# Mixed Costs: Definition & Examples

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• 0:02 Real-World Mixed Costs
• 0:29 Mixed Cost Defined
• 1:25 Examples
• 2:35 Lesson Summary

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Lesson Transcript
Instructor: Brianna Whiting
In this lesson, we'll look at mixed costs. We'll define variable costs and fixed costs, and we'll look at how the two are related to mixed costs. Afterward, you can test your knowledge with a brief quiz.

## Real-World Mixed Costs

As the owner of a car dealership, you employ many different employees. Their responsibilities range from accountants in the finance department to the mechanics that work on the cars. But for the focus of this lesson, it will be the car salesmen that take center stage. You see, with a car salesman, you have to pay them a base salary and commission for each car that they sell. Therefore, a car salesman is a good example of a mixed cost.

## Mixed Cost Defined

Why does a car salesman fit the parameters of a mixed cost? Well, a mixed cost is an expense that has both a fixed cost and a variable cost. On the one hand, a variable cost is a cost that changes with production. For our car salesman, the commission is the variable cost because when he sells more cars, he earns more commission; when he sells fewer cars, he earns less commission, and no commission may be paid at all if the salesman sells no cars. On the other hand, a fixed cost is a cost that stays the same no matter the production. These costs cannot be eliminated because they have to be paid no matter what. Take the base salary of the salesman for example. Even if the car salesman does not sell any cars, the employer must still pay him a base salary. Other examples of fixed costs include rent, insurance, and utilities that have to be paid every month.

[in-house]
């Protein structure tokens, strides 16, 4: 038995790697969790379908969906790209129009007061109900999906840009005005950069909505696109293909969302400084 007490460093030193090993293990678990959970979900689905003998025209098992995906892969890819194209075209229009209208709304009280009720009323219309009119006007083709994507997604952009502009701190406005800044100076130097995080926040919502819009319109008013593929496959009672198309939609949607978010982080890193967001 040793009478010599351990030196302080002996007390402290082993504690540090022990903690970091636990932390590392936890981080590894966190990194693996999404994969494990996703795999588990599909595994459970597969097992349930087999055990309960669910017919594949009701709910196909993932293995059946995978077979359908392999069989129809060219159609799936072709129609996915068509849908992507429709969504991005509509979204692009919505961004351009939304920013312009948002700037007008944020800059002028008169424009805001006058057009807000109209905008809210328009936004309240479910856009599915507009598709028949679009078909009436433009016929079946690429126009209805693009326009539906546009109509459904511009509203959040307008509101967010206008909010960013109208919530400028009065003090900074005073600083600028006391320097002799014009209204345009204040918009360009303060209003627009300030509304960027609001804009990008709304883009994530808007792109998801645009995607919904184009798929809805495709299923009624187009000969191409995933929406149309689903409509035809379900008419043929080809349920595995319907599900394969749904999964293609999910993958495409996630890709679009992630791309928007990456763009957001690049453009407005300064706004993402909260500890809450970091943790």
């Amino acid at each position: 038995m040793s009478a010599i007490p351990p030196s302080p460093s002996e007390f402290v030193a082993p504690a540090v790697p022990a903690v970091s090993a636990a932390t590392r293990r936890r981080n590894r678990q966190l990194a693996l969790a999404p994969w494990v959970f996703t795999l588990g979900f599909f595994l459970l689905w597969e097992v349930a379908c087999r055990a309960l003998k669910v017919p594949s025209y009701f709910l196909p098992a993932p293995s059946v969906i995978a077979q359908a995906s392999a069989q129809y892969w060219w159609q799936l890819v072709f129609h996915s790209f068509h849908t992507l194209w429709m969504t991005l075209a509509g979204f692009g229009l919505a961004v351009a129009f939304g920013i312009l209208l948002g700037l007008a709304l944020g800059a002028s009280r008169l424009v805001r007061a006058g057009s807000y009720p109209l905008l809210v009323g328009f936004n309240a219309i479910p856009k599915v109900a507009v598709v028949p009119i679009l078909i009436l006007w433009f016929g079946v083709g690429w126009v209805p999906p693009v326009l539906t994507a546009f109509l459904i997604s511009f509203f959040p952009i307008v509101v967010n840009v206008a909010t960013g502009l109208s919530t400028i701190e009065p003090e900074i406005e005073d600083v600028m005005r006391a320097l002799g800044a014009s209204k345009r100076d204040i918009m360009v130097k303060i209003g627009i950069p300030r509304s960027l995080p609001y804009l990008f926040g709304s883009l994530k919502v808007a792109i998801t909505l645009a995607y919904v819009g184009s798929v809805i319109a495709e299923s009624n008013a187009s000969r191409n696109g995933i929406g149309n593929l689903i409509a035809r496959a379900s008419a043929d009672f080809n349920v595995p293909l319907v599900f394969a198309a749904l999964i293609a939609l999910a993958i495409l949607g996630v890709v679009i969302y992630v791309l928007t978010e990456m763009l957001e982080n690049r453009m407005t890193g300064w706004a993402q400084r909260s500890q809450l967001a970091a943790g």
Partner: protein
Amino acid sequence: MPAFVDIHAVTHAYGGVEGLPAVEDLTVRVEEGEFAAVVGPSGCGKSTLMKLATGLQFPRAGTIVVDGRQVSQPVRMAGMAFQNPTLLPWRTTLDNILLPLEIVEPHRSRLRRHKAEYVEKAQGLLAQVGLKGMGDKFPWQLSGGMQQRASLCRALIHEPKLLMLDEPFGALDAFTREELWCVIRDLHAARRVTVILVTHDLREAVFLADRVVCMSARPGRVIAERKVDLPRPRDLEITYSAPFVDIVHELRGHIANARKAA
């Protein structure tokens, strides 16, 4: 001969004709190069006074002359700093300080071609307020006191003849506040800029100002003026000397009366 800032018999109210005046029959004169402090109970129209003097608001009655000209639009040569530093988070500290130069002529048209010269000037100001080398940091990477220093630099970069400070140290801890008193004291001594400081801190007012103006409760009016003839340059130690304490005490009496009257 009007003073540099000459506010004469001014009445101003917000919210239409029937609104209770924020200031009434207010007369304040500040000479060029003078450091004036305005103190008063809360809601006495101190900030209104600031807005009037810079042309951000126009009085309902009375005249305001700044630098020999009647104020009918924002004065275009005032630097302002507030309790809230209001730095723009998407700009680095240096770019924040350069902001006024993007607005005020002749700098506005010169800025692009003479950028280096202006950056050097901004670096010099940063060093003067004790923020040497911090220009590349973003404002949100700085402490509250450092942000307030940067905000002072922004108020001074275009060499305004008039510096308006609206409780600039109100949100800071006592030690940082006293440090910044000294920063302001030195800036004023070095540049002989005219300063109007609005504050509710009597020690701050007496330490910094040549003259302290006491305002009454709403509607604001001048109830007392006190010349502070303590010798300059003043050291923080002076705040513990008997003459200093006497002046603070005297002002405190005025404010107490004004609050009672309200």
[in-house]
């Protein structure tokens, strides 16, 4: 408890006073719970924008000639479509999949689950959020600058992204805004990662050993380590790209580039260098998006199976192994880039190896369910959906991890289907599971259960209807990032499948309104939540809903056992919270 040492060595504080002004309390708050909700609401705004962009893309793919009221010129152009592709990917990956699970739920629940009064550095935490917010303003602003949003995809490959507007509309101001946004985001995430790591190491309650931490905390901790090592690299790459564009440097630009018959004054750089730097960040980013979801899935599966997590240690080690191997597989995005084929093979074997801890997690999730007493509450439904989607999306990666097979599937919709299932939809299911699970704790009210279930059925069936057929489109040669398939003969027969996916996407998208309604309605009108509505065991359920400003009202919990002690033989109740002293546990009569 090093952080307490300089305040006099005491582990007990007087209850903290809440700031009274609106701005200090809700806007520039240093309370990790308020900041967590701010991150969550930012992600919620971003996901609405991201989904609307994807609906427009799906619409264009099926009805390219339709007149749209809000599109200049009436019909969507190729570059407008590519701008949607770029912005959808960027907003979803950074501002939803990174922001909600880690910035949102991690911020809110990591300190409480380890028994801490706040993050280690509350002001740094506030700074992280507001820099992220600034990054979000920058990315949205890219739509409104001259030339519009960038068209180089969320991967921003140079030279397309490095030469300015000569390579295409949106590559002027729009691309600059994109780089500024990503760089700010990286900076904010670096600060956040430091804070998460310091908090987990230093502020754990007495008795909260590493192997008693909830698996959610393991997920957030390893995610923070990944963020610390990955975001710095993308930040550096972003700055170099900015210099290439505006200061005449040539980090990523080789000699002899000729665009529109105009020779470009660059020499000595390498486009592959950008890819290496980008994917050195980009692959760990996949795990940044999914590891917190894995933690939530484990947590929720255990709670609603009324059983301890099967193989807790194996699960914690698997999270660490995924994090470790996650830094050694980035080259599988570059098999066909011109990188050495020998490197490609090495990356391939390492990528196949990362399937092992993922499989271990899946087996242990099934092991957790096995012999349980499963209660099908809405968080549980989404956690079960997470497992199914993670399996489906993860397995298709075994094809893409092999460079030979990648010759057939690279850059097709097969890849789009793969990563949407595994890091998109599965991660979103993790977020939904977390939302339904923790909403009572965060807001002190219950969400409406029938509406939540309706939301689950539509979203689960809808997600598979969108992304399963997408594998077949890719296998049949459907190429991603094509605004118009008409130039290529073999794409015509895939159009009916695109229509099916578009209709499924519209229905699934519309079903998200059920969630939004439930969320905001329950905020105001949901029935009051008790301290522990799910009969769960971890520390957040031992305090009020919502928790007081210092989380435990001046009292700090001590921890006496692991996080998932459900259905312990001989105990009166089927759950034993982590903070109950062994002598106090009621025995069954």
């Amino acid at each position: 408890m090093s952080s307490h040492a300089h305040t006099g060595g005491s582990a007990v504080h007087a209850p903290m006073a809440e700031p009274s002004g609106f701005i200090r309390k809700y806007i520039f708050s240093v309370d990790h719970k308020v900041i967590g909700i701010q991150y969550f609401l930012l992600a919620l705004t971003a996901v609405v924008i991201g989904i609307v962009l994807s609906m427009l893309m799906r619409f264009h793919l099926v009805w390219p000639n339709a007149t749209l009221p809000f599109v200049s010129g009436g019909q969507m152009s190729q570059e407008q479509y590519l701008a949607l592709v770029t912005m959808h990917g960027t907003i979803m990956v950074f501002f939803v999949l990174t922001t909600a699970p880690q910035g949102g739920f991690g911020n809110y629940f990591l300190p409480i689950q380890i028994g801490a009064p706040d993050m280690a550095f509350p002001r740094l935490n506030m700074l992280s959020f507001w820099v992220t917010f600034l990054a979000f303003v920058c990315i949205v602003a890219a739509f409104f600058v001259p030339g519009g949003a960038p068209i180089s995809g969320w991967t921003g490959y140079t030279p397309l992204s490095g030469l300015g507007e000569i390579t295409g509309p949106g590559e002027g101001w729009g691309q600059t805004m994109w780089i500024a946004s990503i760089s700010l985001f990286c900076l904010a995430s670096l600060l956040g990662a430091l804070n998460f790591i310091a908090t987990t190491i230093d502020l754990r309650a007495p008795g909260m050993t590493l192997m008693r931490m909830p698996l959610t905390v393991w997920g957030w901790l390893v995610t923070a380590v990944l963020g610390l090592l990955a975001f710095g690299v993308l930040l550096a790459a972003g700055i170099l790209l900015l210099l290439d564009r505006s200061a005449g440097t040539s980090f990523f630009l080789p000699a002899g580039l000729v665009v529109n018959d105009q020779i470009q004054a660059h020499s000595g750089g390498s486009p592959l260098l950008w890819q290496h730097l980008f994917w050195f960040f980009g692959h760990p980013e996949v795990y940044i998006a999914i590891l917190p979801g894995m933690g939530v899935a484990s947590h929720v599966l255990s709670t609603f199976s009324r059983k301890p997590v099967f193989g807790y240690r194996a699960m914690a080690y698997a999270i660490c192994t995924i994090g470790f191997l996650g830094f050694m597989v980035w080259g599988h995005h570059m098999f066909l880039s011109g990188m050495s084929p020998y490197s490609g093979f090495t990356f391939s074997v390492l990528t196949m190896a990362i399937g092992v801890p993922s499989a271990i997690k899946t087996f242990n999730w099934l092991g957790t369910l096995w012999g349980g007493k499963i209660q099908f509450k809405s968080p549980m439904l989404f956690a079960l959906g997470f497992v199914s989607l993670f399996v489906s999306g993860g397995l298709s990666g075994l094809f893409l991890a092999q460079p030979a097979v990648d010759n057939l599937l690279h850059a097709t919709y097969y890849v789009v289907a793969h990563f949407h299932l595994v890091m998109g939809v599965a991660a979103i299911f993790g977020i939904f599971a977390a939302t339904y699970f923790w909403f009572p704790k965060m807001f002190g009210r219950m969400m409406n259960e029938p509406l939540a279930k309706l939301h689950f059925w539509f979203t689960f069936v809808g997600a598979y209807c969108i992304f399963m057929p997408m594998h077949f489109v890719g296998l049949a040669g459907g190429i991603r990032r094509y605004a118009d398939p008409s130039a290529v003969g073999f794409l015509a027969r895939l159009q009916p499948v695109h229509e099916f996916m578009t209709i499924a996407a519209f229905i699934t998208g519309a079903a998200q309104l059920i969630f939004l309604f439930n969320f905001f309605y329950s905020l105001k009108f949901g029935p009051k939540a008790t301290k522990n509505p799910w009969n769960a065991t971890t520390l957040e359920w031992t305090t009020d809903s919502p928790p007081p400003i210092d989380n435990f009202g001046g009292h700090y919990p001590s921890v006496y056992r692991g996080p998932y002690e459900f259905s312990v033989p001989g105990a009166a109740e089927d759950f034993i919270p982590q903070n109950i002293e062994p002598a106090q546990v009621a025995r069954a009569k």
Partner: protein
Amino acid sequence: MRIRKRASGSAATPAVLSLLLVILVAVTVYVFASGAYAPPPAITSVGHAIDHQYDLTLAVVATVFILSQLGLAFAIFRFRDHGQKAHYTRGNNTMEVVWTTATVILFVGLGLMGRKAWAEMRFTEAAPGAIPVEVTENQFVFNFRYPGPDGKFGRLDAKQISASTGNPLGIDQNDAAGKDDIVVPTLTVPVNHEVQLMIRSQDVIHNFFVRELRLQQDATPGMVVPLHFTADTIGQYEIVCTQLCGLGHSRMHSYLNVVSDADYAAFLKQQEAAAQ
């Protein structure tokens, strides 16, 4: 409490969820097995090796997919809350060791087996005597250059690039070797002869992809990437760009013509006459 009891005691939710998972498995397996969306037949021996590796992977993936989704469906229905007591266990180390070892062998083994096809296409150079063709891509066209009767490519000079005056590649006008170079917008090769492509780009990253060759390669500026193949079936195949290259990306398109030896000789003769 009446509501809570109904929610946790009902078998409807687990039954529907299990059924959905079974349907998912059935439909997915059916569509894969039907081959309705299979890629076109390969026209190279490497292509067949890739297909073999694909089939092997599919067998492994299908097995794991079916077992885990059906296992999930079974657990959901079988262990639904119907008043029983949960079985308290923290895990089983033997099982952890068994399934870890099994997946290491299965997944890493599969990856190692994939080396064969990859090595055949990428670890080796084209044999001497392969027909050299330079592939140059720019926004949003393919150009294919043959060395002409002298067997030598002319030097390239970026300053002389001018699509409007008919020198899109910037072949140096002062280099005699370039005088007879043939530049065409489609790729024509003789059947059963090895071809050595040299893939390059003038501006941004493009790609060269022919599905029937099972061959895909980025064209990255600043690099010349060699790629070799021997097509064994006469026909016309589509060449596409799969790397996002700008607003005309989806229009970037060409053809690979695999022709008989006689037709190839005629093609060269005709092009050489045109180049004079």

## Examples

We now know that when you have both variable and fixed costs, you get a mixed cost. Let's explore a couple of examples of mixed costs in real life to better understand the concept.

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